I've been looking at used Dodge cummins and find a good amount
of units available. It's seems that many are being traded at the
100-150K mark. Some a bit less miles.
They look to be nice units,and being told that the power train is
good for much more than 100k is there any real concerns on units
of this vintage? Any known gremlins in these? Thinking auto
I need a heavy duty, reliable
towing truck and have settled on the Dodge
cummins, just not which one.
Avoid the automatics. The engine torque in combination with high load toasts
the clutches. Even the standard clutch with the manual gear can be suspect
under severe load. A dual disk clutch would resolve the problem, but they
are grabby and harder to drive. The problem is exagerated with increased
power with either the power chips or later model engines. However, they are
still the best there is at the moment.
A good, but expensive, solution to this would be to replace the
transmission with an Allison, like a lot of medium duty trucks use.
That would put an end to most of your transmission worries, but it would
knock your wallet for a loop.
If you do find an Allison transmission in a Dodge Ram then it's been put
there by a custom truck shop. The only light duty trucks I'm aware of
that have them out of the factory are GM. Where you find them in other
manufacturers' products is in medium duty trucks.
I work the ramp for Southwest Airlines, and a lot of our provisioning
trucks are Ford F-650 truck bodies with Cummins engines and Allison
If you want to install an Allison transmission in your Ram, I'm sure a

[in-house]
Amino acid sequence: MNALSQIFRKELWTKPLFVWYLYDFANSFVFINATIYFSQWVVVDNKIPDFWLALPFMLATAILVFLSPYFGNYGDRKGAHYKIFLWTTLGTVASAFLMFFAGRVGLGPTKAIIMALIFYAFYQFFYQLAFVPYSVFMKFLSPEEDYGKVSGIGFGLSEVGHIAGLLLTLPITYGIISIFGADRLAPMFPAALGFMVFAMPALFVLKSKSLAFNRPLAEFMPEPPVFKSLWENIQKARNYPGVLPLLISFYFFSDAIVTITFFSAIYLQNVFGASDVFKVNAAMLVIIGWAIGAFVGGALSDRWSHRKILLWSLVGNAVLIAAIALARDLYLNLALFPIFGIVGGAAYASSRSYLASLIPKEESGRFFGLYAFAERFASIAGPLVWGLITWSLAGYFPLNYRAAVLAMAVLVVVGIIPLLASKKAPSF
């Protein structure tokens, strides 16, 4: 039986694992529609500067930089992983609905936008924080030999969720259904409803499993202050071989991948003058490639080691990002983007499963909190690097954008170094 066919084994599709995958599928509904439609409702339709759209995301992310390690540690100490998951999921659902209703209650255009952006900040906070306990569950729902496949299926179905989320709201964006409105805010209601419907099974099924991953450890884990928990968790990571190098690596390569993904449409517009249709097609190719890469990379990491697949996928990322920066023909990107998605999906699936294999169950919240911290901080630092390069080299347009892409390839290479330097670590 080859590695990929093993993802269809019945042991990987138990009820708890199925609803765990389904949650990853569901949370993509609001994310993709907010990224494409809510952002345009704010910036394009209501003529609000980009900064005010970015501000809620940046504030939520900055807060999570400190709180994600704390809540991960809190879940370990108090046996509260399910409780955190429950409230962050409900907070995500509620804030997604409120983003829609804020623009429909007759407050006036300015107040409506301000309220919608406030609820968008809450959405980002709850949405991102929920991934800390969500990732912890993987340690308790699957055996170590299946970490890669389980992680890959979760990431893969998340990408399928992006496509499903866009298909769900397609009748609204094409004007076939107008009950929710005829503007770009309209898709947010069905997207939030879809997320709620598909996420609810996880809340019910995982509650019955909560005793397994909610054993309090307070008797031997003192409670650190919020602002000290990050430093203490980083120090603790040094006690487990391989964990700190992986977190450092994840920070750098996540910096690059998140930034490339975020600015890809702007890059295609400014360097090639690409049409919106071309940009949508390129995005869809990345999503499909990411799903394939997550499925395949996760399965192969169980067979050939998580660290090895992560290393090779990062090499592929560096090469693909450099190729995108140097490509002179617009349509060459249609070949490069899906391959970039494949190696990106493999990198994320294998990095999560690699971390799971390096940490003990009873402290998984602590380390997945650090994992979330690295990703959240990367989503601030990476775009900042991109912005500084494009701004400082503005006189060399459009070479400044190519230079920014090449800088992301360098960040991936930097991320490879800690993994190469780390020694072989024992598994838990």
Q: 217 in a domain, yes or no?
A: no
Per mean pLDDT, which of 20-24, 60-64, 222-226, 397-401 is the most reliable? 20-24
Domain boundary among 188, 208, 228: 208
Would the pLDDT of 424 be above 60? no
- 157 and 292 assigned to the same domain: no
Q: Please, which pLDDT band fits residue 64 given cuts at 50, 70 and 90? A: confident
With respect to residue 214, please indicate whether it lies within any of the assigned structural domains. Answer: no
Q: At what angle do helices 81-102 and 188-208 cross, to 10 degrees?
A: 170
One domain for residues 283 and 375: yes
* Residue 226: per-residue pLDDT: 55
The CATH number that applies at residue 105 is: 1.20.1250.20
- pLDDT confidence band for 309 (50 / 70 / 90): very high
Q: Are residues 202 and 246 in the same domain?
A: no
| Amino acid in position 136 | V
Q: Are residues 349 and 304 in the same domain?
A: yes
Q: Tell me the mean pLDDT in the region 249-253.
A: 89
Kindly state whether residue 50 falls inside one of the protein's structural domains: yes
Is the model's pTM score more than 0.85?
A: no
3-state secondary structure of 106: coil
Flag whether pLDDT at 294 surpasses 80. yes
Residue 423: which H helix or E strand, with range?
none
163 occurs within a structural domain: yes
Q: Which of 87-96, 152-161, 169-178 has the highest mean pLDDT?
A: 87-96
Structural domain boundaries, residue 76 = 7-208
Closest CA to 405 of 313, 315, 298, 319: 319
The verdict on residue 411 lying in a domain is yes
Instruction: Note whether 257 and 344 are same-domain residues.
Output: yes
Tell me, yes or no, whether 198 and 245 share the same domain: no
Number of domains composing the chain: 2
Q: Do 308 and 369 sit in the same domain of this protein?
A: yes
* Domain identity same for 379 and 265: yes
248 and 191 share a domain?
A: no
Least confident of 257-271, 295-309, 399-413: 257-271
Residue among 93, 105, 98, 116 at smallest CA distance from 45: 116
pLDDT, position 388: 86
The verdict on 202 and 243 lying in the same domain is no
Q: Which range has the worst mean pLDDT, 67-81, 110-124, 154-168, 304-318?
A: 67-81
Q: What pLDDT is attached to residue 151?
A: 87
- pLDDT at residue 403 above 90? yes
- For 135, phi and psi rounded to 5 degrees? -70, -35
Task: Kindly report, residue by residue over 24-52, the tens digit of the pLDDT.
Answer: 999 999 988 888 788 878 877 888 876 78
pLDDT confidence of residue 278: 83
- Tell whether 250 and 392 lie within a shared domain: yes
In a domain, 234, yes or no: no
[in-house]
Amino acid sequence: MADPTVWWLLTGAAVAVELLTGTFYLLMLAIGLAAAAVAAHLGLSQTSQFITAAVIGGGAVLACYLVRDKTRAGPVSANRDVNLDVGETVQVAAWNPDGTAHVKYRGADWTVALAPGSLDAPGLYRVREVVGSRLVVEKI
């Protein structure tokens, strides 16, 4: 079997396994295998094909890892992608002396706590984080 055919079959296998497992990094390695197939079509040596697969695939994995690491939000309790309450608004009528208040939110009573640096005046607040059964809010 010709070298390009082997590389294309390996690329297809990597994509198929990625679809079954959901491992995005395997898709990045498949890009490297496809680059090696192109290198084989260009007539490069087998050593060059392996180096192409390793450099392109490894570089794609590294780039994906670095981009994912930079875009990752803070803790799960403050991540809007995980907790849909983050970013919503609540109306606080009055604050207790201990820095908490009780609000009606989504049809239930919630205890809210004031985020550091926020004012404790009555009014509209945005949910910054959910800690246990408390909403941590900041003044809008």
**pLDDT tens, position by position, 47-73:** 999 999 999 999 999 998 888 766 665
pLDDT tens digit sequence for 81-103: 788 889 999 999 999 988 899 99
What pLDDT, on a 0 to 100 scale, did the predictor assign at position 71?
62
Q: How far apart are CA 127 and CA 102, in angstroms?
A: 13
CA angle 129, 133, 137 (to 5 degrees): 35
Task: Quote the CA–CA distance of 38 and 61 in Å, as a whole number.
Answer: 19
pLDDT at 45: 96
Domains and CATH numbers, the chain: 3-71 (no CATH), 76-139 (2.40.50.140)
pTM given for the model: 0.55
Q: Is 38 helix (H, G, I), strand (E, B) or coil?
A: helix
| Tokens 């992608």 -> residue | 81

good truck shop could do it for you, but expect to pay a fat stack of
cash. The other side of that equasion is that with a Cummins engine and
an Allison transmission you'd have the heart of a medium duty truck in
your Ram pickup.
Sounds good to me! but yeah, talk about costly. Why doesnt Ford or Dodge use
the Alison from the factory? I believe GM own's Alison, (or part of them)
so that might be why they dont do it. but still a sale is a sale, I wouldnt
think Alison would care who they sell them to.
You hit the nail on the head. GM owns Allison. GM wants to keep
factory installed Allison transmissions available only on GM
manufactured light trucks so they can use them as a selling point. But
they'll happily sell them for aftermarket customizers to use, and even
provide adapter kits for mounting on other manufacturers' engines,
Cummins in particular.
Or ... he could just go ahead and factor in the cost of a new tranny up
front. All auto transmissions, (Ford, Dodge, Chevy) at some point are
going to start having problems if they are used long term under stress
... even if they are well maintained.
For me, with Dallas traffic getting worse by the day, the auto tranny
is worth the potential of future $$$ in repairs down the road.
I say that now ... I'll report back when I drop my first 3-5k on a new
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